The last week saw a lot of theatrics by the Indian Prime Minister and his team in the United States. Indian media went gaga over his visit giving the impression that India’s finest hour had arrived on the global stage. For more pragmatic folks, and Modi critics, like me, while the “‘Namo’ste America” show – as billed by the venerable NDTV – had a lot of sound and light, phenomenal follow-up on the ground and actual results to be delivered over the next several months alone can determine whether Prime Minister Modi’s sarkar passes with an honorable distinction or not. Yet, here’s a man, who – despite having been morally accountable for Godhra, despite having left his wife without any ostensible explanation, despite all the charges of right-wing, read non-secular, activism he faces – is still India’s Prime Minister, the first one in 30 years to be a leading a government that has absolute majority in Parliament. Undoubtedly, he’s a fine administrator, a brilliant communicator and a leader who commands respect among his followers. Even so, to me, personally, some of his credentials are hugely worrisome: his not-so-secular stances, his presiding over the Godhra carnage, his abandoning his unsuspecting, submissive wife – these are factors that make me squirm with discomfort that he’s leading my country now.

But do I – or others like me – have a choice?

The truth is he’s here to stay for five years – unless he or his government commits hara-kiri. The truth is that his government has the majority in Parliament to bulldoze whatever plans, policies or projects they may conceive. (Hopefully they won’t bulldoze non-secular ideologies down our throats!) The truth is the opposition, primarily the Congress (Disclosure: I am a forever Congressman at heart), is completely clueless on what it can and must possibly do. So, do we really have a choice?

PM Modi kicking off the Swach Bharat Abhiyan
Picture Courtesy: Internet
To be sure, some of the projects Modi has announced – particularly the Swach Bharat/Clean India campaign that he has kicked off today – are meaningful. And they are in sync with my own view as an Indian, that for India to transform, every Indian must transform. To cleanse India – figuratively, metaphorically and physically – we Indians must first clean up India.

So, over the past week, I seriously thought about my two views of Modi. Modi – the man, who I am very, very, very uncomfortable with for all the reasons that I have outlined. And Modi – my Prime Minister, who’s at least saying the right things, and some things, he saying them right too; things that were never expressed with as much clarity ever before. I realized that for my India to win, Modi has to win. My personal discomfort with the man cannot be the reason for me to be dismissive of his role as my country’s elected leader. When this clarity emerged in me, I found it easier to balance my personal discomfort with my view of our country’s much-needed, urgent – repair and rebuild – development agenda. I found myself at peace with this understanding taking root within me.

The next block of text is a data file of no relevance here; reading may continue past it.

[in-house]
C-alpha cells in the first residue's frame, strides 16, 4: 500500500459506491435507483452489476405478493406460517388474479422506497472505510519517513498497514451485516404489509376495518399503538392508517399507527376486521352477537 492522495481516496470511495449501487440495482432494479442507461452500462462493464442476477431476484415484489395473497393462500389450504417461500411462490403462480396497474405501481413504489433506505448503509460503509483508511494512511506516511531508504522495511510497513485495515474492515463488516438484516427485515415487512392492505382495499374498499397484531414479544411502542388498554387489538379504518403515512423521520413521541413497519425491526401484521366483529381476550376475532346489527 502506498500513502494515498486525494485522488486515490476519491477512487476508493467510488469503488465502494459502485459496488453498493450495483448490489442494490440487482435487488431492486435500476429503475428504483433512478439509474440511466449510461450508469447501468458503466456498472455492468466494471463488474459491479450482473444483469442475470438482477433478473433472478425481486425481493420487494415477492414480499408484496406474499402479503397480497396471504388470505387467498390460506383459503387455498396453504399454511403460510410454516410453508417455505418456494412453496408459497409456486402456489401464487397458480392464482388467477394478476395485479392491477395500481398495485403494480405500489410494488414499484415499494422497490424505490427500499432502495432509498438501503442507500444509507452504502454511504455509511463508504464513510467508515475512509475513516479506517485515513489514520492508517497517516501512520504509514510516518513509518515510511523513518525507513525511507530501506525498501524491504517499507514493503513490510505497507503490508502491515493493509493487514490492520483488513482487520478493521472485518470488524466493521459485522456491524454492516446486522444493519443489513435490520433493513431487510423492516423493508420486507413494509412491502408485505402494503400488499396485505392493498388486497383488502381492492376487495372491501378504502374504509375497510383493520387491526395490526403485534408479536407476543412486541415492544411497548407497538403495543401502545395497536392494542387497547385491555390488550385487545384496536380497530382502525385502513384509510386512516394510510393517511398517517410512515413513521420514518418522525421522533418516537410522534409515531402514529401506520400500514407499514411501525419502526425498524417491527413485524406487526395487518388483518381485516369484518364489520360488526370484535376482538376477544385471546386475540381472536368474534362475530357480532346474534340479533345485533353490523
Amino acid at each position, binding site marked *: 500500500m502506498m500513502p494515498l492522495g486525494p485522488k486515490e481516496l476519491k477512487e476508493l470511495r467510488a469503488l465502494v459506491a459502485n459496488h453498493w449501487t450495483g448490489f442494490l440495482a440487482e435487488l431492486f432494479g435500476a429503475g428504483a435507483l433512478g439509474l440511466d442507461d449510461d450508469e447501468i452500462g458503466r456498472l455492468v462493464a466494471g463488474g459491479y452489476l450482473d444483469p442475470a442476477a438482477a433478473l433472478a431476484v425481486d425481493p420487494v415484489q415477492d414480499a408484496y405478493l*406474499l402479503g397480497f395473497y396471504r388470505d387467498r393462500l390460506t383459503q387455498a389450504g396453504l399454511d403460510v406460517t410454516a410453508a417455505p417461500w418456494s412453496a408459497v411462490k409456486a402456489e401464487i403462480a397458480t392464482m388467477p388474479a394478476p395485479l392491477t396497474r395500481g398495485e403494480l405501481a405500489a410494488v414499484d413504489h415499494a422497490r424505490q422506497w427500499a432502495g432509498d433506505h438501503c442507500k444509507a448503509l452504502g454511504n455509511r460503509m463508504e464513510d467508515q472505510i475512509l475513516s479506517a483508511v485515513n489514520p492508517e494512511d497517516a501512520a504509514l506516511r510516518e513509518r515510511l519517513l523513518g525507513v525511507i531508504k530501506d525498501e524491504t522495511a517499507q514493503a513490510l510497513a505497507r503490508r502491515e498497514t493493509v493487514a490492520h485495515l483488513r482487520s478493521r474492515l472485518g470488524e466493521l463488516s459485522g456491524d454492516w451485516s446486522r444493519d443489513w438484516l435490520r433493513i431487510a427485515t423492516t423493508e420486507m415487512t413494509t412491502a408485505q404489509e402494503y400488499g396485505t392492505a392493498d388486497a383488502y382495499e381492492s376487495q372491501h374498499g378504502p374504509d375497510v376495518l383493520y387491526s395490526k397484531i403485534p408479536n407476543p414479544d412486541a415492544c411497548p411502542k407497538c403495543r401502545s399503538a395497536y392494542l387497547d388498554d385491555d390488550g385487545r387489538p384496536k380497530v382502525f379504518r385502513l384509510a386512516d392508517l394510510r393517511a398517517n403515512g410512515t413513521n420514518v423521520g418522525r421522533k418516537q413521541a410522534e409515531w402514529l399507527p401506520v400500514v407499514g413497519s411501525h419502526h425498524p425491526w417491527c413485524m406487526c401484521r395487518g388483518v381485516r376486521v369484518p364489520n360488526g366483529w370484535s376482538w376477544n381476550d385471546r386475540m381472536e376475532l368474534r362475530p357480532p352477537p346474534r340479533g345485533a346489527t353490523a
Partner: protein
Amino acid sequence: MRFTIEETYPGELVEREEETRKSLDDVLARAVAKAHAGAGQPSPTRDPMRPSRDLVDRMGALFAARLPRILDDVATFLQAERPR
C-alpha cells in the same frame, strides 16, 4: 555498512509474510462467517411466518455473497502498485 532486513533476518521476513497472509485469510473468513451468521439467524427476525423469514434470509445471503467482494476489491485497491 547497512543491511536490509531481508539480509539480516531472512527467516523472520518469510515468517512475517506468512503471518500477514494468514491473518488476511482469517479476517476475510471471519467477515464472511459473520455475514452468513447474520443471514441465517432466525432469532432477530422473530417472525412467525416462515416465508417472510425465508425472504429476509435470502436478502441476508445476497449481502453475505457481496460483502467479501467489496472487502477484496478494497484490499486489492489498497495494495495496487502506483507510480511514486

When we are uncomfortable with someone – or something – we have a choice to walk away from the scene. The other choice we have is to bury or swallow our discomfort and rally around or align with the person or the situation. Suffering though cannot be avoided in such a case. The third option is to accept the situation for what it is or the person for who they are and learn to live with that acceptance – and live in peace.

In the context under discussion, for instance, I realize that continuously criticizing Modi for the next five years for every move of his is only likely to make me more miserable. I also realize that I cannot support him at a personal level – I just can’t accept his value systems. So, I concluded that, while I am always going to be uncomfortable with his having been elected as our Prime Minister, I decided too that I am not going to expend precious personal energy ranting about him. Instead, I believe, choosing to stand with him on projects of national significance would be a more constructive approach. After all, the larger cause here is India’s development and progress and most certainly not who is leading India. Most definitely, I feel this approach will contribute to my inner peace.

Surely this approach will also work in any other context. The principle is very simple: When you are uncomfortable with a person or a situation, and if you can’t do anything to disengage completely, choose to accept whatever – or whoever – is and be at peace with yourself and your environment!